Where is the ‘good conduct’ here?
A cab driver in the eastern province of Diyarbakır took a mentally handicapped 14-year-old boy home and sexually abused him. A medical report was presented and confirmed sexual abuse.
An indictment was prepared and the defendant was facing up to 15 years in prison on charges of “aggravated sexual abuse of a minor.”
Then, later, the victim and his family changed their statements and withdrew their complaint. We are all aware of the stepping in of notable locals and the withdrawal of the complaints.
In this case, since it is not a crime dependent on the complaint, the case continued on charges of “aggravated sexual abuse of a minor.”
In the last session, the prosecutor asked for the acquittal of the defendant. The court sentenced the defendant to eight years on charges of “simple sexual abuse.” It also reduced the penalty to six years and eight months because of “good conduct.”
In the justification of the decision, the defendant was reported to have not completed the act (story by Felat Bozarslan from Doğan News Agency).
It is not possible to understand how this incident is not considered aggravated sexual abuse when all the features of sexual abuse are present but just by coincidence the attacker failed to complete the act. The guy pulled down the trousers of the child, and also his underwear. He undressed himself; he attacked the boy. Do you see any “good conduct” there?
I do not see any kind of good conduct. Yes, we know that judges grant reductions because of the conduct the defendant demonstrates in court. But, have those judges, for one moment, visualized the incident in their minds? Because if they run the film in their heads, then they can see that an “incomplete” rape is not a mitigating factor from the point of view of the victim.
On the other hand, what does the court try, this disgusting crime or the offender’s conduct in court?
How can there be a reduction in the sentence of a defendant who has attempted rape?
Turkey Women Associations Federation head Canan Güllü said there was not much difference between the completion of the act of rape or the uncompleted act in terms of the effect on the victims. “I met with women who had been raped and who had been attempted to be raped in Bosnia. Even if the rape was not completed, a woman, who was explaining how she was attacked, fainted even though 20 years had passed since the incident. Apparently, 20 years did not help the woman overcome the trauma. The fact that the rape did not happen has not changed anything. Women and children are going through these traumas,” she said.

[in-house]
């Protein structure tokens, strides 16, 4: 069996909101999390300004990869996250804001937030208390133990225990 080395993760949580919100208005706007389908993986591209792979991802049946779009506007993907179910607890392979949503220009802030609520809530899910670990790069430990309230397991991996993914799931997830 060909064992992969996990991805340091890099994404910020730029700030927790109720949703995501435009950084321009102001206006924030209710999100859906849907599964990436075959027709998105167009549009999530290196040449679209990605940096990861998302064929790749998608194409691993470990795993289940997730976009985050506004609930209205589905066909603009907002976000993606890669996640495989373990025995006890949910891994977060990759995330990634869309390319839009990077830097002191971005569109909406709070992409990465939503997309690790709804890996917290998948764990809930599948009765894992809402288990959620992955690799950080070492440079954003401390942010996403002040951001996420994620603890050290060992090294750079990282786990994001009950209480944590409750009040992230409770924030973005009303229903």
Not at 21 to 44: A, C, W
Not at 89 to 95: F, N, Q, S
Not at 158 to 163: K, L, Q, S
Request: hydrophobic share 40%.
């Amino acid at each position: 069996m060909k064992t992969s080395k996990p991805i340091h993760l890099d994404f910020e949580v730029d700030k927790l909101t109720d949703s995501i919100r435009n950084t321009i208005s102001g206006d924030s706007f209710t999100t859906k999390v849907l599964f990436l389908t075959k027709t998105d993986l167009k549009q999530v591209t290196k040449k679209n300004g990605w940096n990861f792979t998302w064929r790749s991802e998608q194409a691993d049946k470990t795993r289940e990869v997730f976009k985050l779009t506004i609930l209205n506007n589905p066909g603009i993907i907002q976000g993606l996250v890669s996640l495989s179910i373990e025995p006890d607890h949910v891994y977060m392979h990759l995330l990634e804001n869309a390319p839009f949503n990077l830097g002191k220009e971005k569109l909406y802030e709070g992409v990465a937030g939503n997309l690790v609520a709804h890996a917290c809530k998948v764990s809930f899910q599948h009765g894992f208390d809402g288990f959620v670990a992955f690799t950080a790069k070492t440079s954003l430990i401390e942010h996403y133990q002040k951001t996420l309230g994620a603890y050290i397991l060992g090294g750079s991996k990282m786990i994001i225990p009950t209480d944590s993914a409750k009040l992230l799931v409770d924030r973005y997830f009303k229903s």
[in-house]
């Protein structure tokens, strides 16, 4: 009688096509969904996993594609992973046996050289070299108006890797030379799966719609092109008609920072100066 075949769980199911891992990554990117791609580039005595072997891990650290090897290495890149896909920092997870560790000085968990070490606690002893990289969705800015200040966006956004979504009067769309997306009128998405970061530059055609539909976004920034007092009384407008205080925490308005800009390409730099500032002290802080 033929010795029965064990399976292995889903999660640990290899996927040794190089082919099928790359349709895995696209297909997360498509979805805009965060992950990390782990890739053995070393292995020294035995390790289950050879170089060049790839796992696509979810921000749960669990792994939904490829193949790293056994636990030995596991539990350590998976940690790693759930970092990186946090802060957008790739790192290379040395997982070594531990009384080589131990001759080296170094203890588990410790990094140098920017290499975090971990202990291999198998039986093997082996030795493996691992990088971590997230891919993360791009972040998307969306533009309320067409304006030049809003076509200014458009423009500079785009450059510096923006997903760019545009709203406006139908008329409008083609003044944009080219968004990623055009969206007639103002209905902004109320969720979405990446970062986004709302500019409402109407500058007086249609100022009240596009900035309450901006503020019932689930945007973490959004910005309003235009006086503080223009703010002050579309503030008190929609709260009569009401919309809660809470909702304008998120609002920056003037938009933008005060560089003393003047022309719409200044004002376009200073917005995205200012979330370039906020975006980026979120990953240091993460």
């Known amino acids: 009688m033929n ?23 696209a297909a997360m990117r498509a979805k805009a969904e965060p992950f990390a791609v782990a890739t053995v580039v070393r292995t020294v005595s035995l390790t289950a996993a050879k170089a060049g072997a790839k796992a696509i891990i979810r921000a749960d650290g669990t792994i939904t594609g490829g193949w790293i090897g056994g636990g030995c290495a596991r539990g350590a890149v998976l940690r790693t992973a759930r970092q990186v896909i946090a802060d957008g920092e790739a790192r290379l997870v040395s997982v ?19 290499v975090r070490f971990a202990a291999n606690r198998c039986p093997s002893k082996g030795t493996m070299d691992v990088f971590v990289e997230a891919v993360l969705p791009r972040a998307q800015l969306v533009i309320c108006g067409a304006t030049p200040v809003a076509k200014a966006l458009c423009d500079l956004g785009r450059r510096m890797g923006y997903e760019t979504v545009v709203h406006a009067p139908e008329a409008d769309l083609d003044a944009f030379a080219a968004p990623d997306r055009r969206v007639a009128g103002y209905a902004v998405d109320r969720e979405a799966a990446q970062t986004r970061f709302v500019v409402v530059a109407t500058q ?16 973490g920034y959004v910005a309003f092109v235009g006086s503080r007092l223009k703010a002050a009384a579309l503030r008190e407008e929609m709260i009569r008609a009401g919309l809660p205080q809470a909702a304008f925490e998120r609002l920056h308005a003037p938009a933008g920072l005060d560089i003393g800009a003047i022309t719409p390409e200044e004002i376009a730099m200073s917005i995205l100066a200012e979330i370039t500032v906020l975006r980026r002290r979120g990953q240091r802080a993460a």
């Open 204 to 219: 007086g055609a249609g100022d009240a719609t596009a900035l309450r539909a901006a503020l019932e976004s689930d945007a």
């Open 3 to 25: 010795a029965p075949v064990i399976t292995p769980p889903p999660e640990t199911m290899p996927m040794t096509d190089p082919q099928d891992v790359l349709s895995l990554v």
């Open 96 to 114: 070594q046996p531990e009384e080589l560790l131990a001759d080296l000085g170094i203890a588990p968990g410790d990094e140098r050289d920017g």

Güllü said the judges were reducing sentences without considering the fear, the damaged psychological state and the descent in the quality of life of the victims.
“Recently, some courage has been observed in violent men. Men have been calling hotlines, asking for the addresses of [women’s] shelters. They say they will kill ‘that woman.’ They say we are provoking them, but they will kill her anyway. They curse. There is carelessness, there is distrust in justice and there is abuse of the law,” she said.
Nowadays, a bill is being prepared where these reductions will be are lifted. I don’t think lifting reductions is ever possible or it will be fair in every case. This issue cannot be solved with more severe penalties anyway. It can only be solved by a change of mentality.
These incidents should not be covered up in those places where children and women who are abused and raped reside. “Opinion leaders” should not step in and silence the victim. Judges should not think, “Let me apply all kinds of reductions so that the file is not overruled at the Supreme Court of Appeals.”
Our laws should be harmonized with the Istanbul Convention as soon as possible. Gender equality classes should be added to the curricula. State television should broadcast quality information. Without these, nothing will change.
But, most importantly, both justice and society should see the issue is not a slit or a fracture. The issue is a crime committed against human dignity.